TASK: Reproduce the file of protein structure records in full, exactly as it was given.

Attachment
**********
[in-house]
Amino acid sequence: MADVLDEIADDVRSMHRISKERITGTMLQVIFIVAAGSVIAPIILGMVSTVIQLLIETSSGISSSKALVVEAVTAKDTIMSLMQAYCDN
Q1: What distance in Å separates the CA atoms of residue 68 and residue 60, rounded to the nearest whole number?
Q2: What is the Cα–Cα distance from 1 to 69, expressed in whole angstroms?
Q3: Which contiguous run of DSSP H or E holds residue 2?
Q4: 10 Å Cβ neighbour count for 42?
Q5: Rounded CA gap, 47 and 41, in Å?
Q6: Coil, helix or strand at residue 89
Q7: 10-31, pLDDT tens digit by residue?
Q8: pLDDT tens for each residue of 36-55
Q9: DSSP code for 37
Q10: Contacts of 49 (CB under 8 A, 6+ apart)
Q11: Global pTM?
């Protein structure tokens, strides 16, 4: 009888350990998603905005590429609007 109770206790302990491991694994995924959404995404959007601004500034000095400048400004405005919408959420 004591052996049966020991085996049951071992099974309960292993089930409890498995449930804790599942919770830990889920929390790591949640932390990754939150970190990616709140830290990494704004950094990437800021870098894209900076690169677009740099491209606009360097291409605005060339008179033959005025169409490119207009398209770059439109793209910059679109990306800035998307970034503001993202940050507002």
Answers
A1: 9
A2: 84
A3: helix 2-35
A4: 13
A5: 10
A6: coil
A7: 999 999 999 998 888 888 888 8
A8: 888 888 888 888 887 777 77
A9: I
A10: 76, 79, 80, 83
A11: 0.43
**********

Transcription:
[in-house]
Amino acid sequence: MADVLDEIADDVRSMHRISKERITGTMLQVIFIVAAGSVIAPIILGMVSTVIQLLIETSSGISSSKALVVEAVTAKDTIMSLMQAYCDN
Q1: What distance in Å separates the CA atoms of residue 68 and residue 60, rounded to the nearest whole number?
Q2: What is the Cα–Cα distance from 1 to 69, expressed in whole angstroms?
Q3: Which contiguous run of DSSP H or E holds residue 2?
Q4: 10 Å Cβ neighbour count for 42?
Q5: Rounded CA gap, 47 and 41, in Å?
Q6: Coil, helix or strand at residue 89
Q7: 10-31, pLDDT tens digit by residue?
Q8: pLDDT tens for each residue of 36-55
Q9: DSSP code for 37
Q10: Contacts of 49 (CB under 8 A, 6+ apart)
Q11: Global pTM?
């Protein structure tokens, strides 16, 4: 009888350990998603905005590429609007 109770206790302990491991694994995924959404995404959007601004500034000095400048400004405005919408959420 004591052996049966020991085996049951071992099974309960292993089930409890498995449930804790599942919770830990889920929390790591949640932390990754939150970190990616709140830290990494704004950094990437800021870098894209900076690169677009740099491209606009360097291409605005060339008179033959005025169409490119207009398209770059439109793209910059679109990306800035998307970034503001993202940050507002």
Answers
A1: 9
A2: 84
A3: helix 2-35
A4: 13
A5: 10
A6: coil
A7: 999 999 999 998 888 888 888 8
A8: 888 888 888 888 887 777 77
A9: I
A10: 76, 79, 80, 83
A11: 0.43